Most of these tumors are benign, but certain factors involved in the genesis of the tumor may determine its rate of growth and aggressiveness. For instance, the presence of p53 correlates with more aggressive tumor behavior.

Clinical manifestations are due to the local effect of the mass and distant endocrine manifestations that can affect a variety of organ systems. These effects are due to lack or excess of a given stimulating hormone on the target organ. Pituitary adenomas, with a few exceptions, are not under the control of hypothalamic releasing factors.

An explanation for the development of bitemporal visual-field defects in association with pituitary tumors has been a subject of renewed interest. In a recent study, comparative pressure gradients were measured between nasal crossing and temporal uncrossed fibers. Two 30-gauge needles connected to separate pressure transducers and a digital pressure monitor were introduced into the chiasm of donated cadaveric specimens. A pediatric Foley catheter was placed into the pituitary fossa and gradually inflated to simulate the effect of a pituitary mass. Pressure was consistently higher in the central aspect of the chiasm than in lateral chiasm. [7] New engineering models of chiasmal compression (finite element modeling) may be developed in the future, taking into account the geometry of the nasal crossing fibers and the increased mechanical pressure; theoretically, this could provide the possibility of measuring the degree of chiasmal compression in each patient based on MRI anatomic findings. [8]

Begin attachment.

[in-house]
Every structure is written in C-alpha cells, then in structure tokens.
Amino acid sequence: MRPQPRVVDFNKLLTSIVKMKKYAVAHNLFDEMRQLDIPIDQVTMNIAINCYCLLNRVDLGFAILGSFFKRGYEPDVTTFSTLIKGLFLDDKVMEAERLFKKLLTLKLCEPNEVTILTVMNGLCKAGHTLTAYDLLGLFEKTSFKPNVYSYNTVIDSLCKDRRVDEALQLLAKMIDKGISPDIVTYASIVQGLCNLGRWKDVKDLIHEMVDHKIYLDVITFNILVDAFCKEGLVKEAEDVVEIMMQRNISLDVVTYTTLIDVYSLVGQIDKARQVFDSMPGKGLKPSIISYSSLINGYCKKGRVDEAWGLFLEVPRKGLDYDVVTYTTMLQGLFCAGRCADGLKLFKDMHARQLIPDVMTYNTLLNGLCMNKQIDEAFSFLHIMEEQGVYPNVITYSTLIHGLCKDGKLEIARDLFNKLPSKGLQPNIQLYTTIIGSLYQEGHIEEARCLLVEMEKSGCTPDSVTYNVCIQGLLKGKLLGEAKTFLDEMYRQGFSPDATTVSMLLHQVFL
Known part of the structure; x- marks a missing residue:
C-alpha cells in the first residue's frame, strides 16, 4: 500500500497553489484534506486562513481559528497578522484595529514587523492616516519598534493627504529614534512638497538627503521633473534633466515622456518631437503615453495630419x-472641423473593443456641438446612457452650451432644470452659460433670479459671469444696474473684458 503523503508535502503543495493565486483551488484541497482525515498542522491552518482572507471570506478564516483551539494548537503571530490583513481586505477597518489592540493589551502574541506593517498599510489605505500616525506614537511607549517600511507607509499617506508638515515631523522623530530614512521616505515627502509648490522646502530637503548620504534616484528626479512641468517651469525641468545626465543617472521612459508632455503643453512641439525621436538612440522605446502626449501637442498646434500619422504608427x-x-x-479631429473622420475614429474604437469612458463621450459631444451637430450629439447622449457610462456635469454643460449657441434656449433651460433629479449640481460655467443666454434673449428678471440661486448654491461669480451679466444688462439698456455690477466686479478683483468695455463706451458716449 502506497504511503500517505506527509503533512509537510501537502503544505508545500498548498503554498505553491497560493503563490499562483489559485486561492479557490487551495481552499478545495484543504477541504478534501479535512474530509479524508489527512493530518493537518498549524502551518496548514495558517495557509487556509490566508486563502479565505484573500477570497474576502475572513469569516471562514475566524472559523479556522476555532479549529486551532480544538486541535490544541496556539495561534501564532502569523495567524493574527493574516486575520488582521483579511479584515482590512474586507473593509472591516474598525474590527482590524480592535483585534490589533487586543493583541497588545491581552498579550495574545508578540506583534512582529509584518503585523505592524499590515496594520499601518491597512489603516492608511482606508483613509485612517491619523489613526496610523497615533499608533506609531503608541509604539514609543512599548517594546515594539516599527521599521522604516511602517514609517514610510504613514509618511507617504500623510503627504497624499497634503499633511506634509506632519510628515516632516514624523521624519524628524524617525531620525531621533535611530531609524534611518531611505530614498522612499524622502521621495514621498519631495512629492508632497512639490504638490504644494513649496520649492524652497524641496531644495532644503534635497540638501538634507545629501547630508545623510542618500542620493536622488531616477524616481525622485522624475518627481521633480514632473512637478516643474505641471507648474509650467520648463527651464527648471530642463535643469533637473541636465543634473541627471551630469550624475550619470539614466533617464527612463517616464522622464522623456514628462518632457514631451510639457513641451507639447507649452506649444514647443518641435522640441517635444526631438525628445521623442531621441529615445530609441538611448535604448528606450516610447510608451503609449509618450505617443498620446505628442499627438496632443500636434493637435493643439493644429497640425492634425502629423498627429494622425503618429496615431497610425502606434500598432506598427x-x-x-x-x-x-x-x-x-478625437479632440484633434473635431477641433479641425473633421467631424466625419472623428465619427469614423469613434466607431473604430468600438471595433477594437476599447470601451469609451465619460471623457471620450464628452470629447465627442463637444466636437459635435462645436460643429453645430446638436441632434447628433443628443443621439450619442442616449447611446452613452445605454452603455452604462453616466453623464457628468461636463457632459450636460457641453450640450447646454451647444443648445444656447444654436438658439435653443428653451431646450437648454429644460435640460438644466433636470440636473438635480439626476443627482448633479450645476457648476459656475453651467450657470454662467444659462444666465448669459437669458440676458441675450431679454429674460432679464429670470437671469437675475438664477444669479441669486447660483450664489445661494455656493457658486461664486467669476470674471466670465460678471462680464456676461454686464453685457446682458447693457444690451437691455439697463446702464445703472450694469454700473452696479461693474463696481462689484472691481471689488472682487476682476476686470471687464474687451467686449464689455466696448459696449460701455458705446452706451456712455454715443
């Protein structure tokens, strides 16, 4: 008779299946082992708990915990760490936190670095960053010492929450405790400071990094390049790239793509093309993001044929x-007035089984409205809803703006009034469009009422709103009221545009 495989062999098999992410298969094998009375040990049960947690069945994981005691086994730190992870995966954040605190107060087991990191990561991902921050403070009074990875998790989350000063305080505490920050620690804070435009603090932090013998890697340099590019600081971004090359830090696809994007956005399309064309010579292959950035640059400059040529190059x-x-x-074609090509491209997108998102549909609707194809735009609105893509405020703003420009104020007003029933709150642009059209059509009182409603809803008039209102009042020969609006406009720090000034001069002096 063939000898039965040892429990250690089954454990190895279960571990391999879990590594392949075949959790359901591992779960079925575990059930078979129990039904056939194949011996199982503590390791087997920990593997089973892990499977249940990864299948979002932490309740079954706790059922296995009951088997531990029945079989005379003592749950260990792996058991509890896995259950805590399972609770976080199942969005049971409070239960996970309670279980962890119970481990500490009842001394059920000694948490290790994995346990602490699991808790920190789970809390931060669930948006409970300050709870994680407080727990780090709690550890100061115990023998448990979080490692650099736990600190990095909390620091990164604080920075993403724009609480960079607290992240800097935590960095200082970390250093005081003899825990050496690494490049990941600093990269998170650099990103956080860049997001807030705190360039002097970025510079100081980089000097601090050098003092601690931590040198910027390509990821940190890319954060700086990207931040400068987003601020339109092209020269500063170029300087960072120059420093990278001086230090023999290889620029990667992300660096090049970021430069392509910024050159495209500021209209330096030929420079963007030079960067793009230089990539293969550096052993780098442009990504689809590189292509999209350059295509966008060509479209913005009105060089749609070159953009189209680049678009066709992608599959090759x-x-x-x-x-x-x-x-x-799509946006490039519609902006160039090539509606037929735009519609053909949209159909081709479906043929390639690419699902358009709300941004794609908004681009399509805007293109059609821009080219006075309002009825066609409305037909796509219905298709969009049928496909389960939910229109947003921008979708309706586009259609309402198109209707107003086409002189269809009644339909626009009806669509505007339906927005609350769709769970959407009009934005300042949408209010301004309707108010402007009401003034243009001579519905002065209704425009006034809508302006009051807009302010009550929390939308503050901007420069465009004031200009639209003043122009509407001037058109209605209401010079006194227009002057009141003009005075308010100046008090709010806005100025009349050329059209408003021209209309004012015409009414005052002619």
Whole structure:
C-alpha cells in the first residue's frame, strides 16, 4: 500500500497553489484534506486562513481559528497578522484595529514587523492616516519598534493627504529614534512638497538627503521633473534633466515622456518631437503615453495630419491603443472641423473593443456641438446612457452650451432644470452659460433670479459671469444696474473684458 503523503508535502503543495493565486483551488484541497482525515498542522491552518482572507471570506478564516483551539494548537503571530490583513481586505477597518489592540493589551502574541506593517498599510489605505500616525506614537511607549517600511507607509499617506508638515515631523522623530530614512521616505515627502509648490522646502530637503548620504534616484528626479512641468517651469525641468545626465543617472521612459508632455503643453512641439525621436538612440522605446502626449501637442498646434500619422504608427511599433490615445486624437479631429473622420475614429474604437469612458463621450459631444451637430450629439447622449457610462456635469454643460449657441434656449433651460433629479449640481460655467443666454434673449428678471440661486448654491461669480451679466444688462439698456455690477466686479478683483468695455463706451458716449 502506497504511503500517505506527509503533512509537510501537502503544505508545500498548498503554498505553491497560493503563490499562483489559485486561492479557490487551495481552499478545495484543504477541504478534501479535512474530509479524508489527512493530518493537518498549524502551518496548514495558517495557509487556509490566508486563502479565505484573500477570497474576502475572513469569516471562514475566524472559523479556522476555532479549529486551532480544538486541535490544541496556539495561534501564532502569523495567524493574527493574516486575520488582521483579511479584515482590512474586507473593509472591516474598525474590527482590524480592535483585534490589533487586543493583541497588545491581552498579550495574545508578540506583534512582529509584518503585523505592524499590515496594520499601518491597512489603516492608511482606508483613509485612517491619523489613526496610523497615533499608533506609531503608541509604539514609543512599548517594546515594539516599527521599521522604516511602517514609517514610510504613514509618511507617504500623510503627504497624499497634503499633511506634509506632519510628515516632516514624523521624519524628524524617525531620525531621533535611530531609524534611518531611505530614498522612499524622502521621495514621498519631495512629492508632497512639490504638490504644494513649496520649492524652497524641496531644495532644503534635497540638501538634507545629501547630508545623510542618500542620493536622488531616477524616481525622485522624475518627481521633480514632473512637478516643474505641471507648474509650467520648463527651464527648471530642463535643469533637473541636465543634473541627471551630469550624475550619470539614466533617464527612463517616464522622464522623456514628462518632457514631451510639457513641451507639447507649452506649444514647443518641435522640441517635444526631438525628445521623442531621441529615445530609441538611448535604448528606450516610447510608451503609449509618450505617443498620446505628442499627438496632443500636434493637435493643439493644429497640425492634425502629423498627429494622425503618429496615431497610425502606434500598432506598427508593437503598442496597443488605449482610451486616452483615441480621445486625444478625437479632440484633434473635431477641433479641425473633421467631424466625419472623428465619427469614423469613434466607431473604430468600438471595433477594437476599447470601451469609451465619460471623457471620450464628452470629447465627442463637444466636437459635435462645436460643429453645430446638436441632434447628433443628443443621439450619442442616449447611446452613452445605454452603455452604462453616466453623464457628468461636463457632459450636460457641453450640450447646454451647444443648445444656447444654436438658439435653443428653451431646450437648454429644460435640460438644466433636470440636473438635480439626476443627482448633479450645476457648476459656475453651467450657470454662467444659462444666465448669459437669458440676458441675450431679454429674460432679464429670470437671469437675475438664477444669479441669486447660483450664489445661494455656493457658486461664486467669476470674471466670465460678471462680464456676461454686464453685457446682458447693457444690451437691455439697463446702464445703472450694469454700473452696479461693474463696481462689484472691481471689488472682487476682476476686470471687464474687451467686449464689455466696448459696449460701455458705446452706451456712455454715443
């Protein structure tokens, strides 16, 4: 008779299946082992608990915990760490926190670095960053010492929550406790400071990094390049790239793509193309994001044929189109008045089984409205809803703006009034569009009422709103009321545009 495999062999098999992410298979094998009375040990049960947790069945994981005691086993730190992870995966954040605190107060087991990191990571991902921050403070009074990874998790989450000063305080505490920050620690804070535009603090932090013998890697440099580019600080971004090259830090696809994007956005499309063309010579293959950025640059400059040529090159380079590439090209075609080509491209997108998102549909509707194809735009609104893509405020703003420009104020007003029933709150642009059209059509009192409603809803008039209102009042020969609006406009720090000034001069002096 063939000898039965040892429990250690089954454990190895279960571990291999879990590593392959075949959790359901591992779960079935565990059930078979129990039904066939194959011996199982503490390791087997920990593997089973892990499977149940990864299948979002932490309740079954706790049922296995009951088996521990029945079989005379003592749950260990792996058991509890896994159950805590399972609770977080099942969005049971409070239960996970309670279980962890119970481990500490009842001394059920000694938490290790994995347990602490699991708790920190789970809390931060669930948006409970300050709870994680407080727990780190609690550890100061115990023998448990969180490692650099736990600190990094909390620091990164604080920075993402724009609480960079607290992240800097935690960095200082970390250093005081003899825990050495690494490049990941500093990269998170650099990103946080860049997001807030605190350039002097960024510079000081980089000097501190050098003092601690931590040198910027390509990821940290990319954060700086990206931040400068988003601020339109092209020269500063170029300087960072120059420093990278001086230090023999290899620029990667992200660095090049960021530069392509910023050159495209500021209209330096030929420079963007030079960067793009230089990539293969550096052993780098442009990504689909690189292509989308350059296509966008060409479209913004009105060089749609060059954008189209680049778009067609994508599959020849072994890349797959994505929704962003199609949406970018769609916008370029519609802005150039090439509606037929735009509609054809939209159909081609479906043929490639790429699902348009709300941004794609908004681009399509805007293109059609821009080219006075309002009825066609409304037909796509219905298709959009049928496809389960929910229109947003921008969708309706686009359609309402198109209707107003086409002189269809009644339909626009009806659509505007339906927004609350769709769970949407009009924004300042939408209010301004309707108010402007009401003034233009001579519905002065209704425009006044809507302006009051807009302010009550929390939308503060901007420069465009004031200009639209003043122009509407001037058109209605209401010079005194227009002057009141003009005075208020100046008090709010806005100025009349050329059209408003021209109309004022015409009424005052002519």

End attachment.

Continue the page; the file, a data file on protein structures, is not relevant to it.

Classification of pituitary tumors

Based on size, pituitary tumors can be divided into microadenomas (< 1 cm diameter) and macroadenomas (>1 cm diameter). They also can be classified on the basis of staining characteristics, as chromophobic and chromophilic tumors. The latter can be further subdivided using hematoxylin and eosin stains (ie, eosinophilic or basophilic). [9]

However, this classification has proven to be of no clinical value and now has been replaced by a more functional classification that involves electromicroscopy and immunohistochemistry. These techniques have identified hormonal production in many chromophobe adenomas, enabling pathologists to identify hormones that are produced by eosinophilic tumors. They also have demonstrated that many tumors produce more than one hormone. The mutated form of p53, a tumor suppressor, also can be determined histologically. The presence of this mutated gene suggests a tumor with rapid growth.

The endocrinologic morbidity that is associated with pituitary tumors is dependent on the specific underproduction or overproduction of a hormone or hormones associated with the tumor.

Hormonal deficiencies - Clinical effects

Growth hormone deficiency

  • Adults - Increased rate of cardiovascular disease, obesity, reduced muscle strength and exercise capacity, and increased cholesterol

  • Infants - Hypoglycemia

  • Children - Decreased height and growth rate

Gonadotrophin deficiency

  • Men - Diminished libido and impotence; testes shrink in size, but spermatogenesis generally preserved

  • Women - Diminished libido and dyspareunia; breast atrophy in chronic deficiency

  • Children - Delayed or frank absence of puberty

  • Adolescent girls - Present similarly to adult women